Phoenix Memory Care Facility Abuse Lawyers
Memory Care Facilities and Abuse
When people have Alzheimer’s, dementia, or memory loss that makes it hard for them to function on their own, specialized "memory care" facilities are equipped to take care of them.
Memory care facilities provide assisted living. When family members are first diagnosed with Alzheimer’s, loved ones may be able to care for them in the home. But over time, this can become impossible as the affected elder may forget to take medications, turn on appliances and not turn them off, and even get lost when going out.
The decision to place a loved one is such a facility is never easy. This is because elder abuse is a very real epidemic in America, and patients suffering from dementia are more likely to be taken advantage of.
Types of Abuse in Memory Care Facilities
Sadly, there are many types of abuse that can occur in memory care facilities. These include:
- Physical abuse, inflicting pain and injury, sometimes severe
- Emotional abuse, including verbal threats, intimidation, and harassment
- Patient neglect, not providing the basic necessities of life including medication, medical treatments, or a safe residence
- Confinement, keeping the patient confined or restrained in his room
- Financial abuse, typically when a staff member takes the patient’s money or property
- Sexual abuse, such as inappropriate touching without the patient’s consent
- Self-neglect allowed, since caregivers are required to make sure the patient is receiving proper care, taking part in proper hygiene practices, etc.
Any time you suspect that a loved one is suffering abuse, it’s important to remove him or her from the facility or see that the offending staff member is removed, depending on the circumstances.
Seniors with Dementia Are Especially Vulnerable
According to the National Council on Aging, one in ten Americans over age 60 has experienced some form of elder abuse! These statistics are on the rise; and unfortunately, the numbers only increase when they pertain to memory care facilities.
Patients suffering from Alzheimer’s and other types of dementia often lack the skills to recognize that the abuse is happening. And even when they do, they don’t often have the verbal skills to communicate that to their loved ones. Due to the nature of dementia, the patient may also forget that the abuse ever occurred.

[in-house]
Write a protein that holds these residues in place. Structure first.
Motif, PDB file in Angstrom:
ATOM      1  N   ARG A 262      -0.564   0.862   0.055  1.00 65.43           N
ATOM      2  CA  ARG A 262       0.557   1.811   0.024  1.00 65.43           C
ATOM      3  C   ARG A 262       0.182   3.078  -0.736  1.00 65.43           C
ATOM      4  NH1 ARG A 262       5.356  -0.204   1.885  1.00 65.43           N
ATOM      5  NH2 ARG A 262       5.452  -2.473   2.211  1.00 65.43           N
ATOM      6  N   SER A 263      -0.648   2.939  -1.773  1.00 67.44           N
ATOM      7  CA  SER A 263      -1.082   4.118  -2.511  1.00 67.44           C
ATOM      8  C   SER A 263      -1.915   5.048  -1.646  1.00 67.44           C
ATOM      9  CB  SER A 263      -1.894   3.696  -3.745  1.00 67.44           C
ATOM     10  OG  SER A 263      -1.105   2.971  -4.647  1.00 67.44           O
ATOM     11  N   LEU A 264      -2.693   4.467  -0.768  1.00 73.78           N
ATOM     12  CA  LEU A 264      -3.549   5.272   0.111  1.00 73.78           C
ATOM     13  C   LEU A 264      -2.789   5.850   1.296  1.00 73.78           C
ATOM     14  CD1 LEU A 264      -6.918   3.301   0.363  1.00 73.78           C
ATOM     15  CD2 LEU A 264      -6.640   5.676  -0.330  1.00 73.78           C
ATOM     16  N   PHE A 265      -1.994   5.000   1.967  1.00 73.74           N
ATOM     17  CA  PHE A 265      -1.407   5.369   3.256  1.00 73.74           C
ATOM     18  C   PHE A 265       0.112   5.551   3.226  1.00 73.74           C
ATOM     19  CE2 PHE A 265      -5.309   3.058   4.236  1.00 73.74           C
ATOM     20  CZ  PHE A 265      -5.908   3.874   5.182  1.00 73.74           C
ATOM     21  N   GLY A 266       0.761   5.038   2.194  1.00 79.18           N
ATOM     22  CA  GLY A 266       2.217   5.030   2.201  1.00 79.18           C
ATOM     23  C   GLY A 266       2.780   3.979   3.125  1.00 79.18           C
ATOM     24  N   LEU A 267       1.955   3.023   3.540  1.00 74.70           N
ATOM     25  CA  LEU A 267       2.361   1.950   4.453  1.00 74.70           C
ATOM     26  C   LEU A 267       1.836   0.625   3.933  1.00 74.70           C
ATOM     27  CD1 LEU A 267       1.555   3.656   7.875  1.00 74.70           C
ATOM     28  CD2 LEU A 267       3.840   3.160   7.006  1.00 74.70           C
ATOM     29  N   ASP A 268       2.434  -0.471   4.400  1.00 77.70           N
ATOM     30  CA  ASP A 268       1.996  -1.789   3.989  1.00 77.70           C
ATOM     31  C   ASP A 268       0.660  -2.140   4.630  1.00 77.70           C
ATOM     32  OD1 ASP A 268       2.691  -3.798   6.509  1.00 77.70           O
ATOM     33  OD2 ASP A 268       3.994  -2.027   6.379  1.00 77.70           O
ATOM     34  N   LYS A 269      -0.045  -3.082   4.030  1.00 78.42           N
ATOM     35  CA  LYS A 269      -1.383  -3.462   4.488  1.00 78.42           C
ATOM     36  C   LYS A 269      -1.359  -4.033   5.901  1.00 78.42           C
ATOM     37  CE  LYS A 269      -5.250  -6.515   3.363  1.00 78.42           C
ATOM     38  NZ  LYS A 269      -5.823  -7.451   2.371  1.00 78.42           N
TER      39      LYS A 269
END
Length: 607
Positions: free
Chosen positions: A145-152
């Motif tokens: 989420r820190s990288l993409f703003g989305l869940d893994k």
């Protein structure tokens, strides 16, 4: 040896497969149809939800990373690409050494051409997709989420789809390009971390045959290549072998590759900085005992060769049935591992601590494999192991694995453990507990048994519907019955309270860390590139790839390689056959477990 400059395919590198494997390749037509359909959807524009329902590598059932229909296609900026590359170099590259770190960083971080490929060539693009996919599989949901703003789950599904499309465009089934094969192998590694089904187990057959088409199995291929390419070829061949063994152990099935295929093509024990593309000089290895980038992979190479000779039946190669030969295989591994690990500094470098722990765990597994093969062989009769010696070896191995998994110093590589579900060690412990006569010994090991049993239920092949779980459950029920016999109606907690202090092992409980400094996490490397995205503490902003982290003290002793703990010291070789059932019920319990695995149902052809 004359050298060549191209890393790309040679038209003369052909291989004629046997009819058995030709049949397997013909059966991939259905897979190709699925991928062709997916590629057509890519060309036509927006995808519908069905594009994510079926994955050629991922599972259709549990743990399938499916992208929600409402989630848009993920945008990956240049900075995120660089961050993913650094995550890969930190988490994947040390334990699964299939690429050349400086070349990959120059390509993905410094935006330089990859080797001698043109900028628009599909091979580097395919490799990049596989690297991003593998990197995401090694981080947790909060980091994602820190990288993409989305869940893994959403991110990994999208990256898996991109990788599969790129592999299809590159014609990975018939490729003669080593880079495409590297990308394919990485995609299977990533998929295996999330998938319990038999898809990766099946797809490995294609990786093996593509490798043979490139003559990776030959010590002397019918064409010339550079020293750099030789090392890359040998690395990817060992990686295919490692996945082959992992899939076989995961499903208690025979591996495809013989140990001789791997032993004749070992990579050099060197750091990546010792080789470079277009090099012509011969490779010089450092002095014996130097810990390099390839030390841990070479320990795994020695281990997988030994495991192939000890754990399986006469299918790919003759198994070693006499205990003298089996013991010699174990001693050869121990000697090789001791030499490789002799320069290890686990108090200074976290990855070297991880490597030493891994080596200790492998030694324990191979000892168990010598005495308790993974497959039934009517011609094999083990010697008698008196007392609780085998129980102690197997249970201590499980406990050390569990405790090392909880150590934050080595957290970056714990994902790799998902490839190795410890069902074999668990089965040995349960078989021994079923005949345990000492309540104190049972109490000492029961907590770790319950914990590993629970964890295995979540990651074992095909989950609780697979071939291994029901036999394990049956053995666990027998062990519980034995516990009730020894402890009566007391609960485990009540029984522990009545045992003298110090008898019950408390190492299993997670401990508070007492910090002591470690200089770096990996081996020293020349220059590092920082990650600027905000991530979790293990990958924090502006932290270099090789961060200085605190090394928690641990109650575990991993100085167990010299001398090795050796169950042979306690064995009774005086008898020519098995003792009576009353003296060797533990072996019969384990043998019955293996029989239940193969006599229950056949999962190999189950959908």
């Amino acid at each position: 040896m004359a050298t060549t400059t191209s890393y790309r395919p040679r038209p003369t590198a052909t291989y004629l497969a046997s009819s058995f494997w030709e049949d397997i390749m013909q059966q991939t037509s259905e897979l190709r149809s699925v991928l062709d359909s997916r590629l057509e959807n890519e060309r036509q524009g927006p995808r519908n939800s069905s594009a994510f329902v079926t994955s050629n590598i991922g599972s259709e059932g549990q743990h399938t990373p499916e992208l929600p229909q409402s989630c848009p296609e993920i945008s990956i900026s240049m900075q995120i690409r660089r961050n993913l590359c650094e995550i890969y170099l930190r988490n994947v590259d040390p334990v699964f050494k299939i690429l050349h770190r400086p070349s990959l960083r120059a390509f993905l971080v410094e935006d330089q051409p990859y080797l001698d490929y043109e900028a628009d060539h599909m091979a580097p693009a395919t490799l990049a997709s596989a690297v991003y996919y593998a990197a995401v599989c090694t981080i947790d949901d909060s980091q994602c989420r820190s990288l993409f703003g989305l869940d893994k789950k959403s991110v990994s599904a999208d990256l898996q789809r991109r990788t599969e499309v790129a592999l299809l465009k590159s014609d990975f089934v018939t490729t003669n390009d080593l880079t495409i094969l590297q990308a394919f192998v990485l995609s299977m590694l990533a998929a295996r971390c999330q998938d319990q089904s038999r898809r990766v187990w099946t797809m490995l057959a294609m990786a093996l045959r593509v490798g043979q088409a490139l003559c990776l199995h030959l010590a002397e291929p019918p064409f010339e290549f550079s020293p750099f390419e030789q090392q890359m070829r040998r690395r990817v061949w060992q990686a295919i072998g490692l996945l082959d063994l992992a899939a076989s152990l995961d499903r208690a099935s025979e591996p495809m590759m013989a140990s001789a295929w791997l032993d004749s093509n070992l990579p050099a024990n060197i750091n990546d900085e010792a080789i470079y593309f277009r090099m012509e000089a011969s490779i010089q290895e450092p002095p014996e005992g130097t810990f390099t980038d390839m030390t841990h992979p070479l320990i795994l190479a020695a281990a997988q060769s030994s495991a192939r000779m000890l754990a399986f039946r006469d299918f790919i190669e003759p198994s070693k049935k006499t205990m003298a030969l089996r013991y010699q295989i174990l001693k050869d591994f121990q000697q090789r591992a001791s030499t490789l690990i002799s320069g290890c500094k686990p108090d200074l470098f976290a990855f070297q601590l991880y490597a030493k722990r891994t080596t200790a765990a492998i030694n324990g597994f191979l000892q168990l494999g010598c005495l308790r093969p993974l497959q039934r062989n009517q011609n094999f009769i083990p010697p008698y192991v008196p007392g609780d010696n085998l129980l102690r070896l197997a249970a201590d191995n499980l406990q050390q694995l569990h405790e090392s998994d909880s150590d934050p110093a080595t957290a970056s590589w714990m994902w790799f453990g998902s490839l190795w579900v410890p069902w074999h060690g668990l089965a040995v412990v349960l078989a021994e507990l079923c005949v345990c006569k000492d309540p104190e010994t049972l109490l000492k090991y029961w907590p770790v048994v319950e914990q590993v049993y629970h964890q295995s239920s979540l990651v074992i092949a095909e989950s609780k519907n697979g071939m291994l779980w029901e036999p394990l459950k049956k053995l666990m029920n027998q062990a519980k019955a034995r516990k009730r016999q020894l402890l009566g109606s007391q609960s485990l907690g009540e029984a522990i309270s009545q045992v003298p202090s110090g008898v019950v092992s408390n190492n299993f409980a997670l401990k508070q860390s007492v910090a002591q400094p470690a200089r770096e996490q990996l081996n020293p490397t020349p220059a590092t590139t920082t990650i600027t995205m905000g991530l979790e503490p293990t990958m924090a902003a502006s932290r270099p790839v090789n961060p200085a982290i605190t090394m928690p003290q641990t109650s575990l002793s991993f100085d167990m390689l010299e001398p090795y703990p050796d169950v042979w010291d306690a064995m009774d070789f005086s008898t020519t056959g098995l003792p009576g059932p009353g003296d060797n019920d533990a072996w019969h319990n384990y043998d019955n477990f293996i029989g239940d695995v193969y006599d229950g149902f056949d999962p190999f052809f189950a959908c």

Common Signs of Abuse
Family members need to be aware of the signs of abuse so they can spot it as soon as possible after it happens.
- Physical abuse will appear in the form of bruises, cuts, or burns on parts of the body. Rashes or cuts may also be visible on the wrists or ankles, indicating that the patient has been restrained. When bruises appear on the breasts or around the genital area, these may be signs of sexual abuse. Bedsores can also indicate that the patient has been left in bed for long periods of time, possibly due to neglect.
- Withdrawal is often a sign of abuse. The patient will withdraw around a certain staff member or from activities that were once enjoyed. While Alzheimer’s and dementia patients may have trouble remembering certain things, there shouldn’t be any change in their personalities. If they were once loving and caring, they should still be that way after being admitted to a memory care facility. And if they were once outgoing and enjoyed meeting new people, they should still want to attend events. If they start to withdraw or have sudden personality changes, these may be signs of abuse.
- Sudden changes in the person’s financial situation, such as suddenly having much less in a bank account or missing cash, could be a sign of financial abuse. In certain cases, staff members may manipulate the patient into giving them money, or they may withhold the patient’s money in order to exert their power or manipulate the patient into doing something he or she don’t want to.
When You Suspect or See Signs of Abuse
Even after family members and loved ones have spotted signs of abuse and brought them to the attention of staff members, it’s not uncommon for staff members to brush them off. Staff has an easier time brushing these complaints off because they can simply state that the patient is suffering from dementia and doesn’t realize what’s actually going on.
It is so important for family members to believe what their loved one tells them and the signs that they can see for themselves. Don’t try telling patients in these facilities that the abuse never happened - they can, understandably, become more upset. And more importantly, this allows the abuse to continue.
Arizona Memory Care Abuse Lawyers
If your loved one is currently in a memory care facility, and you suspect that there is abuse, the first thing to do is to remove your loved one from the facility. Forcing them to stay may be forcing them to live with abuse, and that’s something no one should have to endure.
Your next step should be to contact The Husband and Wife Law Team at Breyer Law Offices, P.C. We’ll fight hard to protect the rights of your loved ones and get the compensation they may be entitled to, including the cost of treating injuries and pain and suffering related to emotional distress. Don’t delay; call a Phoenix personal injury lawyer at (602) 267-1280 so we can start reviewing your case today.